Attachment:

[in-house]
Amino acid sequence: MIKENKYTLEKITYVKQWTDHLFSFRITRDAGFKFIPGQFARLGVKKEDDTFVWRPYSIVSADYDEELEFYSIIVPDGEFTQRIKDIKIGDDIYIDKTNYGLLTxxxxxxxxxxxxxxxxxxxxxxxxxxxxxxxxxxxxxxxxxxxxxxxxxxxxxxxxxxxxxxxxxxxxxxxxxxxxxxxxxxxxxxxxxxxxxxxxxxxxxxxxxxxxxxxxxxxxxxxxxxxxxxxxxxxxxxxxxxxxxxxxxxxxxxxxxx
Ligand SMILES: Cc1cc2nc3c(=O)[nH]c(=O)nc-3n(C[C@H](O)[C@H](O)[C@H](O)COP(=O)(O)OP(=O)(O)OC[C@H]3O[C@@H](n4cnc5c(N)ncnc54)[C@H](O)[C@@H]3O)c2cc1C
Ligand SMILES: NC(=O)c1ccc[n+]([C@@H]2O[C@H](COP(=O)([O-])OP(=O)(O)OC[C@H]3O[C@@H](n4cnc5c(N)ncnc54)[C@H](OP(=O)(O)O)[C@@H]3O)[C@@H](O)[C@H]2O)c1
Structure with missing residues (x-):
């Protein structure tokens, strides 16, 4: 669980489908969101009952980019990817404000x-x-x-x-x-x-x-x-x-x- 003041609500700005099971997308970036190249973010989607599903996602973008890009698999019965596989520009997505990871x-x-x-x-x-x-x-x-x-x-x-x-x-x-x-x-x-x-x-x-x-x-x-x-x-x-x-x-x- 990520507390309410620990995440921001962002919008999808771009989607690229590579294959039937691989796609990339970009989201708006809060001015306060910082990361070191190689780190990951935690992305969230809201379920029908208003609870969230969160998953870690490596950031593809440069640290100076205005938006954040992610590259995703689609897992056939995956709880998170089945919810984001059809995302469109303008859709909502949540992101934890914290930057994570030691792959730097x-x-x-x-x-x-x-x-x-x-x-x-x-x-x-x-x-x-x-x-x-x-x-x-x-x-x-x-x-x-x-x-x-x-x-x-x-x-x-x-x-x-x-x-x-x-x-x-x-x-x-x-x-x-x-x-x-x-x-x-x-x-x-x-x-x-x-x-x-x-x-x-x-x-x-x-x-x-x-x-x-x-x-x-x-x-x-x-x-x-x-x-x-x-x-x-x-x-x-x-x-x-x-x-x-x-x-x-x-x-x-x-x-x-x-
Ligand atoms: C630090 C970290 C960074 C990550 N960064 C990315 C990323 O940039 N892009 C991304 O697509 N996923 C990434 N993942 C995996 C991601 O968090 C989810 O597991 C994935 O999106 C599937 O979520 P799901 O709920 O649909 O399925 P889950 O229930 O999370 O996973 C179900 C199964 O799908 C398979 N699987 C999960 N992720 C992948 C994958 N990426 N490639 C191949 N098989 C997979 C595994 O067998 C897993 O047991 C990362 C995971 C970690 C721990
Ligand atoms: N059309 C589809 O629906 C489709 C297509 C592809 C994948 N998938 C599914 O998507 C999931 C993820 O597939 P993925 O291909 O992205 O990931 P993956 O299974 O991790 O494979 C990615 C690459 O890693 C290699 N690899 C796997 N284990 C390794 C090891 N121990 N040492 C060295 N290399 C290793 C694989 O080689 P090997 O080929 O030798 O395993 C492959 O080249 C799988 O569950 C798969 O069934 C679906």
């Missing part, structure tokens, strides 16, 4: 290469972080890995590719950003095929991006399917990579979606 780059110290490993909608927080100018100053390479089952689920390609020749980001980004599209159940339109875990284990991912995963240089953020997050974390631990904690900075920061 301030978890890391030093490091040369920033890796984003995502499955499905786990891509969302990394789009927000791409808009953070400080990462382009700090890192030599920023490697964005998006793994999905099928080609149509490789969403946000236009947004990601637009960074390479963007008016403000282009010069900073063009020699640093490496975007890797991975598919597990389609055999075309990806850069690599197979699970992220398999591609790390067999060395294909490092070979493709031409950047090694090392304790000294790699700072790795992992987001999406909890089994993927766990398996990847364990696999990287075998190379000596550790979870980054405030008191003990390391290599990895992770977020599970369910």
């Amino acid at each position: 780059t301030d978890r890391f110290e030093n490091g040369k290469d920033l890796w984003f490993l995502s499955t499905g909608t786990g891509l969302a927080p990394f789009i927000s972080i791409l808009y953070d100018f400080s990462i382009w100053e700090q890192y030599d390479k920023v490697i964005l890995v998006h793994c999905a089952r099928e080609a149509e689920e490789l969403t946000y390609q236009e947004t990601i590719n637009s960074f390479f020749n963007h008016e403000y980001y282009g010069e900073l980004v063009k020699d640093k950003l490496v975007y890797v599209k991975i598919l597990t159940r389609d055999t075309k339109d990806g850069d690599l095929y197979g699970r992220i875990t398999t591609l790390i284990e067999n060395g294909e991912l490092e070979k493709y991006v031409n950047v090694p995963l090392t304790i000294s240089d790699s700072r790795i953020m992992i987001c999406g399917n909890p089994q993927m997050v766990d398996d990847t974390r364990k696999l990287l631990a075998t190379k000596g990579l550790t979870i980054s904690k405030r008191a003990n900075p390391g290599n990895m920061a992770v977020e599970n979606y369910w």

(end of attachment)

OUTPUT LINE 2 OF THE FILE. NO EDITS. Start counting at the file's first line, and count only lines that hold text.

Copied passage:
Amino acid sequence: MIKENKYTLEKITYVKQWTDHLFSFRITRDAGFKFIPGQFARLGVKKEDDTFVWRPYSIVSADYDEELEFYSIIVPDGEFTQRIKDIKIGDDIYIDKTNYGLLTxxxxxxxxxxxxxxxxxxxxxxxxxxxxxxxxxxxxxxxxxxxxxxxxxxxxxxxxxxxxxxxxxxxxxxxxxxxxxxxxxxxxxxxxxxxxxxxxxxxxxxxxxxxxxxxxxxxxxxxxxxxxxxxxxxxxxxxxxxxxxxxxxxxxxxxxxx